A bountifully illustrated exploration of the cemetery in American landscape and narrative.
The newest book in the Norton/Library of Congress takes readers on a visual journey from early churchyards and family plots to the establishment of the nation's first rural cemeteries of the nineteenth century, to the expansive memorial parks and 'green' burials of today. With more than 600 archival photographs and plans that shed light on the great diversity of burial structures and traditions, this comprehensive sourcebook introduces readers to cemeteries' impressive diversity.
Cemeteries examines the extent to which burial grounds of all kinds have held a significant place in our culture. The history and development of cemeteries are limned throughout , from the burial grounds themselves - reflecting a wide variety of ethnic and social groups from almost every state as well as American military cemeteries - to the vast array of related practices and traditions. The intricacy of the various architectural structures (burial chapels, private mausoleums, crematories, and the ironwork of cemetery gates) are examined and placed upon the historical timeline of our nation.
- December 2010
- 8.8 × 11.3 in
/ 320 pages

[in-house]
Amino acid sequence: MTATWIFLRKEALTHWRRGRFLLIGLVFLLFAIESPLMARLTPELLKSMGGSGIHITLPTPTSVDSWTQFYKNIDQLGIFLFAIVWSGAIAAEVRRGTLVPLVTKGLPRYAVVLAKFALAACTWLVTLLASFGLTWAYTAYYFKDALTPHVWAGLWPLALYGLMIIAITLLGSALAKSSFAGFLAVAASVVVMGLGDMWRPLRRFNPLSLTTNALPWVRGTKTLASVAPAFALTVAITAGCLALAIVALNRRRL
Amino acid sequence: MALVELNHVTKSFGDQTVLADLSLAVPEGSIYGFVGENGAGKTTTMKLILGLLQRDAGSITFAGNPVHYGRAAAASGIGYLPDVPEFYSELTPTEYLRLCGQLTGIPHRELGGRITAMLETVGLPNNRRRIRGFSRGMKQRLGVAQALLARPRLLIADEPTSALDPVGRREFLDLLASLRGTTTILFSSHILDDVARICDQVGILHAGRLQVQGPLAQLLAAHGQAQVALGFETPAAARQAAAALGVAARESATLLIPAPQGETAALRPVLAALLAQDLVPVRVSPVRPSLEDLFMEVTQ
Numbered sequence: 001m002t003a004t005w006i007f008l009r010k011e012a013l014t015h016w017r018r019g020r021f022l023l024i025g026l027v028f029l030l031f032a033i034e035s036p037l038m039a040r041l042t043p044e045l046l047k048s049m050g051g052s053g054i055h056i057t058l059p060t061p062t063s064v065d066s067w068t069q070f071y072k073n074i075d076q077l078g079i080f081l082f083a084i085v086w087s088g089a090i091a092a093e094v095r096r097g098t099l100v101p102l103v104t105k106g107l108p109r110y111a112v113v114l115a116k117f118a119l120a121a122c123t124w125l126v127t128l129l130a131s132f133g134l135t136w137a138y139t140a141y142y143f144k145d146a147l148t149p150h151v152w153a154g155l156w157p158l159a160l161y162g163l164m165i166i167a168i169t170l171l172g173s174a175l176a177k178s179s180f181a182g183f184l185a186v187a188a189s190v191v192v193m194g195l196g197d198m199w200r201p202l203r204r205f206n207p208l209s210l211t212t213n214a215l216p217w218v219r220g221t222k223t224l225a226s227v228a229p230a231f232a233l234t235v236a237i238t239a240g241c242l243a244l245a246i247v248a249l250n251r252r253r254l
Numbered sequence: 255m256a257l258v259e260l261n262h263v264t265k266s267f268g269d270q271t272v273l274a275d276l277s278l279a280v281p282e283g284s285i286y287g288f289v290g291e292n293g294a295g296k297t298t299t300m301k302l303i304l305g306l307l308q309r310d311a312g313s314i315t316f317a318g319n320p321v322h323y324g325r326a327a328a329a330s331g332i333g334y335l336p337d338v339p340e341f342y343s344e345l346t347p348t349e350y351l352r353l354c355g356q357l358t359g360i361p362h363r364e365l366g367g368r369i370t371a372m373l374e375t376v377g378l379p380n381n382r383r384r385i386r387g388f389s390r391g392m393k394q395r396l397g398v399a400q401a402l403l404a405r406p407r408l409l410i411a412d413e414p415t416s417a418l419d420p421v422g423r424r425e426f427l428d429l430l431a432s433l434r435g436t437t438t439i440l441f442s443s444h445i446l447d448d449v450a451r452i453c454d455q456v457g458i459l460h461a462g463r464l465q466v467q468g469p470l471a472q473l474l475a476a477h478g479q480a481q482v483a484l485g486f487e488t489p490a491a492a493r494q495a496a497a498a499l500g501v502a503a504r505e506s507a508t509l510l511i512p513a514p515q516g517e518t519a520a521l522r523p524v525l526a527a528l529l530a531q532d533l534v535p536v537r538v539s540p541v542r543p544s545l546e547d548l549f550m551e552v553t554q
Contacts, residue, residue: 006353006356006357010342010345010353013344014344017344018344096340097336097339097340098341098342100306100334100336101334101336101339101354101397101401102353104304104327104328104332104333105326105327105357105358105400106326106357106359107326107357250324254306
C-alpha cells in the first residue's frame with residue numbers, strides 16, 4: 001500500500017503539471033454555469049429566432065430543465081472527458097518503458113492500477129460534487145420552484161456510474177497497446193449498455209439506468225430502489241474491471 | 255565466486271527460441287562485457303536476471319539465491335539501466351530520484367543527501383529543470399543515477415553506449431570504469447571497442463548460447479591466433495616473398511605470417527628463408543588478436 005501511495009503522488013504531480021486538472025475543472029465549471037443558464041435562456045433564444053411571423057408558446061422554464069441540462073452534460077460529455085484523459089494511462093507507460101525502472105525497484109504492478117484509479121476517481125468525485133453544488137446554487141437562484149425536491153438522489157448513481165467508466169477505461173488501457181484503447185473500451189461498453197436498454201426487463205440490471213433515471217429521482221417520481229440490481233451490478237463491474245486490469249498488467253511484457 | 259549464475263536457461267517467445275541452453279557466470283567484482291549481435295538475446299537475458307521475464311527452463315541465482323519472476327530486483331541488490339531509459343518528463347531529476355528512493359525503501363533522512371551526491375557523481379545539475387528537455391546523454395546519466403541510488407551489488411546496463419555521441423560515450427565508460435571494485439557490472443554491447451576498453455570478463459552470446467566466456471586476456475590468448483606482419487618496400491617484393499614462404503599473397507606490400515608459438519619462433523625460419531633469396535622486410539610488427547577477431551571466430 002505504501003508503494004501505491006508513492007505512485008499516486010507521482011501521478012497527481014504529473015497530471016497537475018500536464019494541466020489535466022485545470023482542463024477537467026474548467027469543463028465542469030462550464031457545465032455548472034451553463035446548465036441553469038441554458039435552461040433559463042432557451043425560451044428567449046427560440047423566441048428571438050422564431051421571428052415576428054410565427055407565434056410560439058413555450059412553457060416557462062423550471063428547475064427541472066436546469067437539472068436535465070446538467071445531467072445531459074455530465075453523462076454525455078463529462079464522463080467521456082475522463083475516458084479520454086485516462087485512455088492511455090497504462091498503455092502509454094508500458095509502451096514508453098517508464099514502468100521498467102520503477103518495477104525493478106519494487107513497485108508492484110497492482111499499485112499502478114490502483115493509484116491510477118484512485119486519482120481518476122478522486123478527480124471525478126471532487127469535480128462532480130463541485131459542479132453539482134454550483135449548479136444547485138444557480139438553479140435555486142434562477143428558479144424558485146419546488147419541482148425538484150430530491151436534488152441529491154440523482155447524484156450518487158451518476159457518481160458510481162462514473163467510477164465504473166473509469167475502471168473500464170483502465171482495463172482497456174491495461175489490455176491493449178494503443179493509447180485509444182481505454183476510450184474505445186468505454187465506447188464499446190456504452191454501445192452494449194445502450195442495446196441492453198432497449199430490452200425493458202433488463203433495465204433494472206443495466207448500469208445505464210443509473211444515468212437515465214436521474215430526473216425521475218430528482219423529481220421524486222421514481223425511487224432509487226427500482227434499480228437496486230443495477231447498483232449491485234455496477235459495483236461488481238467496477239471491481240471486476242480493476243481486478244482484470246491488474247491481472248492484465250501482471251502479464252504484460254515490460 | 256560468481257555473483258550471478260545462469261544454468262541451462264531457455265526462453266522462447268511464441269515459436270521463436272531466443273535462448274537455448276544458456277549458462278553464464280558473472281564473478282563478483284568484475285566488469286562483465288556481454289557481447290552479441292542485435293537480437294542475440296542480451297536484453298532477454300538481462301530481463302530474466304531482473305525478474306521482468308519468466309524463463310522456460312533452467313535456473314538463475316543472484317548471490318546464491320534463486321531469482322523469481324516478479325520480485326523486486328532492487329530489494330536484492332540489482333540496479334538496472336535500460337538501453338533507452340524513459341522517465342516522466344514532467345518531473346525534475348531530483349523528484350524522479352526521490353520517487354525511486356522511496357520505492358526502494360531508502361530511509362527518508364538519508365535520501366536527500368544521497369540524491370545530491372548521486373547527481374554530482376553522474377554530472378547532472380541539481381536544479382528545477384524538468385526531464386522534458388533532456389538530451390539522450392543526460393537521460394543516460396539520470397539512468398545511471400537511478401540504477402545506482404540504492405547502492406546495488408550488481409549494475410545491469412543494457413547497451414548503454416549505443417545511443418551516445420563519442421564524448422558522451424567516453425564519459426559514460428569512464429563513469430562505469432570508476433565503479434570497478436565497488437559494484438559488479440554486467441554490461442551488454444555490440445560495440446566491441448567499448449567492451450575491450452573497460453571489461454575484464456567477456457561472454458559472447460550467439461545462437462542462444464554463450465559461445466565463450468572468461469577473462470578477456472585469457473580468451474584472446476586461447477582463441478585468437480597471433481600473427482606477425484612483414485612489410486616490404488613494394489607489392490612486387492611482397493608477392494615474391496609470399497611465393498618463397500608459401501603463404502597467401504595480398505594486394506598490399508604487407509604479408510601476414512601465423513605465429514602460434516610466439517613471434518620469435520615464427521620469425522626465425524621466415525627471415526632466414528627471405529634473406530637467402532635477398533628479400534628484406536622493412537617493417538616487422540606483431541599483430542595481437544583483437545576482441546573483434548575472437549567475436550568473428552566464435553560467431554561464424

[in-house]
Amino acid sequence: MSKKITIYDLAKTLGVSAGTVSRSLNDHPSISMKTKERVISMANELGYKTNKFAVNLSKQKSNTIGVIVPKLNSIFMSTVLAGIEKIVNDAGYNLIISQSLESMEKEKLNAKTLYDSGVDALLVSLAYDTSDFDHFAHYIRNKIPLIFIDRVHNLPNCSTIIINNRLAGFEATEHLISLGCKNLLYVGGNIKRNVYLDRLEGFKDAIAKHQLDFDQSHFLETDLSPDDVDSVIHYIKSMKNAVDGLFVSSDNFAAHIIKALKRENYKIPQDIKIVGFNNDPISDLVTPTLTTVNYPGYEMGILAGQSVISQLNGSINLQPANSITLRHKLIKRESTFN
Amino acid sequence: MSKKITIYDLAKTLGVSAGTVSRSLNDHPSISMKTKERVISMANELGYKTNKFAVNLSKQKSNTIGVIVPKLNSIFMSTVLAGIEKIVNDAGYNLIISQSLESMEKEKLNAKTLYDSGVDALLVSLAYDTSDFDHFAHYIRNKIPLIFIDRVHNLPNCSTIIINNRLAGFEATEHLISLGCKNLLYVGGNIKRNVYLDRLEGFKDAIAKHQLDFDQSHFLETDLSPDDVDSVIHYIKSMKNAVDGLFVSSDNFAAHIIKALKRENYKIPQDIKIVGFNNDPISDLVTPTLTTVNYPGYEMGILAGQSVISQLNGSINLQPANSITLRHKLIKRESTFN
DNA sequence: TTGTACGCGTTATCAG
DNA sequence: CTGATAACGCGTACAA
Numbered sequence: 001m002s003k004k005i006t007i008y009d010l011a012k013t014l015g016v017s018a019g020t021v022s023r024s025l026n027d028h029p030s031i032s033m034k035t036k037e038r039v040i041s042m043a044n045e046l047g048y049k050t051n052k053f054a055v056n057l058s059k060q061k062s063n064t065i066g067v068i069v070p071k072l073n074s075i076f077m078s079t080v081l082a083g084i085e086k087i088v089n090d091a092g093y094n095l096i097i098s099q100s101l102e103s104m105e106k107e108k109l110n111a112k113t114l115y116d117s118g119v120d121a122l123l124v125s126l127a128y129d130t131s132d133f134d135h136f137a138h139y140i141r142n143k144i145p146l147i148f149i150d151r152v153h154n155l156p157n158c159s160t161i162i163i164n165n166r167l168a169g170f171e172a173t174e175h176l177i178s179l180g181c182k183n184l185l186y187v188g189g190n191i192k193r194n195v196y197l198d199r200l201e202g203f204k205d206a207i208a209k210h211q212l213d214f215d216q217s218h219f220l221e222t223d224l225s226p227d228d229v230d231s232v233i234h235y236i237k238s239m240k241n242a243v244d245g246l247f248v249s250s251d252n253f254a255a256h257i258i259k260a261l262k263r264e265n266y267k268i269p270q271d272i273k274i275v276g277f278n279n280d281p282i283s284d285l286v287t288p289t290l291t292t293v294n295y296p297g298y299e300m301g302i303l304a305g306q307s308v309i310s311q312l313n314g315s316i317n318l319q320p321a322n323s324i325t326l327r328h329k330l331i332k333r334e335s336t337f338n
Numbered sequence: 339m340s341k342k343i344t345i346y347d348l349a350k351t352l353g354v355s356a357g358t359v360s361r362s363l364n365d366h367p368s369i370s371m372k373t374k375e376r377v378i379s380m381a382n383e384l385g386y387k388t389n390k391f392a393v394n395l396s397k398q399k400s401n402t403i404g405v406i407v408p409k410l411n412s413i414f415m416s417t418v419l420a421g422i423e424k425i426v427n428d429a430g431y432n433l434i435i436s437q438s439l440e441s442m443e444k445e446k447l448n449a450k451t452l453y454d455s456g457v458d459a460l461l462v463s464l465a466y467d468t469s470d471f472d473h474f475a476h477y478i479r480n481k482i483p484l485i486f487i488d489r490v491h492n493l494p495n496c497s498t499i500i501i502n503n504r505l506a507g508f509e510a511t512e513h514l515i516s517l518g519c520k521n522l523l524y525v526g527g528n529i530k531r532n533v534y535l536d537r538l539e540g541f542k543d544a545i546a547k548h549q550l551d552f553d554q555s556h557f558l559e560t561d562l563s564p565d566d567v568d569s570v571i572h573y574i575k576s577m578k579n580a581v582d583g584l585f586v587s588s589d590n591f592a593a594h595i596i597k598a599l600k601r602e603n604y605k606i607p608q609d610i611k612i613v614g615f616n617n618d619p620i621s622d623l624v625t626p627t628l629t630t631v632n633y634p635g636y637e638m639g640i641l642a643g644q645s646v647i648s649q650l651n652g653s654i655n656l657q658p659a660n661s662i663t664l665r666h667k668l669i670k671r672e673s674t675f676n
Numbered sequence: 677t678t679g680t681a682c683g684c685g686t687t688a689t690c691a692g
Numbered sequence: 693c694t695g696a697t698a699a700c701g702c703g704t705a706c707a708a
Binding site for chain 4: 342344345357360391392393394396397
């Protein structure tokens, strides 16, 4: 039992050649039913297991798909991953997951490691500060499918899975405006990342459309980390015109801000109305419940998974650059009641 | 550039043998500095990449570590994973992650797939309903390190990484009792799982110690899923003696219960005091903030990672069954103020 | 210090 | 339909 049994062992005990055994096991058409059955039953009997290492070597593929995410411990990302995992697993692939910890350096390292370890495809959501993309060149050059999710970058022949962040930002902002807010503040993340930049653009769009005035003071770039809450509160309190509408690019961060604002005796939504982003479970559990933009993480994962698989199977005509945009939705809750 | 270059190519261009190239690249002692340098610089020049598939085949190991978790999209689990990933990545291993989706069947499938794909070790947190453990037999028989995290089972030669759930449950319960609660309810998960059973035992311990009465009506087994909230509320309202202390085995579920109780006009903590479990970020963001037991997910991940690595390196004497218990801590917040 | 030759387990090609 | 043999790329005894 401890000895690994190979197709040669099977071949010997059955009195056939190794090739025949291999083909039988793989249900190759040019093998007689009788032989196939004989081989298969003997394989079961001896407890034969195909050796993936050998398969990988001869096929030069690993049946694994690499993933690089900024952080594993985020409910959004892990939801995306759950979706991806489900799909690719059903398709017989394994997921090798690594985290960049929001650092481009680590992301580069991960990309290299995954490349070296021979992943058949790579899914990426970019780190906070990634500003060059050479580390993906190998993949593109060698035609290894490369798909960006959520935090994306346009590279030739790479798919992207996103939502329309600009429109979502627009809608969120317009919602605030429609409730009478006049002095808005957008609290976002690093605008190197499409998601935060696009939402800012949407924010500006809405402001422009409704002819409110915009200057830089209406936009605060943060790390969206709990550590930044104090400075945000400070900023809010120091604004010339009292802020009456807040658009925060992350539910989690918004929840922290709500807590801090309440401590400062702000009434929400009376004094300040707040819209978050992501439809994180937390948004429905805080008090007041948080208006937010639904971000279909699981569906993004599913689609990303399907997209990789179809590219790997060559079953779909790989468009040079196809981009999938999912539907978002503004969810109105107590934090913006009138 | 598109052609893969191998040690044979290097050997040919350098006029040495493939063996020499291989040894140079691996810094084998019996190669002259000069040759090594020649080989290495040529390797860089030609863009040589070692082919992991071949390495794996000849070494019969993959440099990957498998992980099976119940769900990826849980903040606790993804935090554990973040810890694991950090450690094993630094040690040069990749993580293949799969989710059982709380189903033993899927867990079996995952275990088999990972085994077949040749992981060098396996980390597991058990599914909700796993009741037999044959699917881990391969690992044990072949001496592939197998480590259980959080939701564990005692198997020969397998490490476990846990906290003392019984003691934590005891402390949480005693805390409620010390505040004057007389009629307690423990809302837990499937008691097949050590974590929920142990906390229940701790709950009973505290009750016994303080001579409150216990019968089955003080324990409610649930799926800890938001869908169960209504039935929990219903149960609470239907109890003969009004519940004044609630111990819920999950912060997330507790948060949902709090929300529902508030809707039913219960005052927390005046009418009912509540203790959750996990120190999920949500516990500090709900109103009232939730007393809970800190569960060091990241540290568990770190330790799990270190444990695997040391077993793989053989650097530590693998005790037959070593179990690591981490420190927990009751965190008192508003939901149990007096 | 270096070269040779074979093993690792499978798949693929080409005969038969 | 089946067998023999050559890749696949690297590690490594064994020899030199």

- Territory Rights: Worldwide
Endorsements & Reviews
“Fascinating...” — Plan Philly
“[A] stunning visual feast....The book opens with a short essay by Keith Eggener that sets the bar for excellence in this kind of writing: Eggener doesn’t lapse into academese, nor does he go into the details of the photography and photographers. He sticks to laying the groundwork for the reader to understand the many pictures that follow....[A] wonderful and insightful selection of photographs.” — Englewood Review of Books
“Stately and moving.” — Book News
“[A]n entirely worthy edition to the superb collection of visual sourcebooks by the Library of Congress...a rich education on the changing nature of burial space in the United States.... [T]akes the study of cemeteries particularly beyond the architectural-historical.... Overall, this is an invaluable package.” — The Victorian (UK)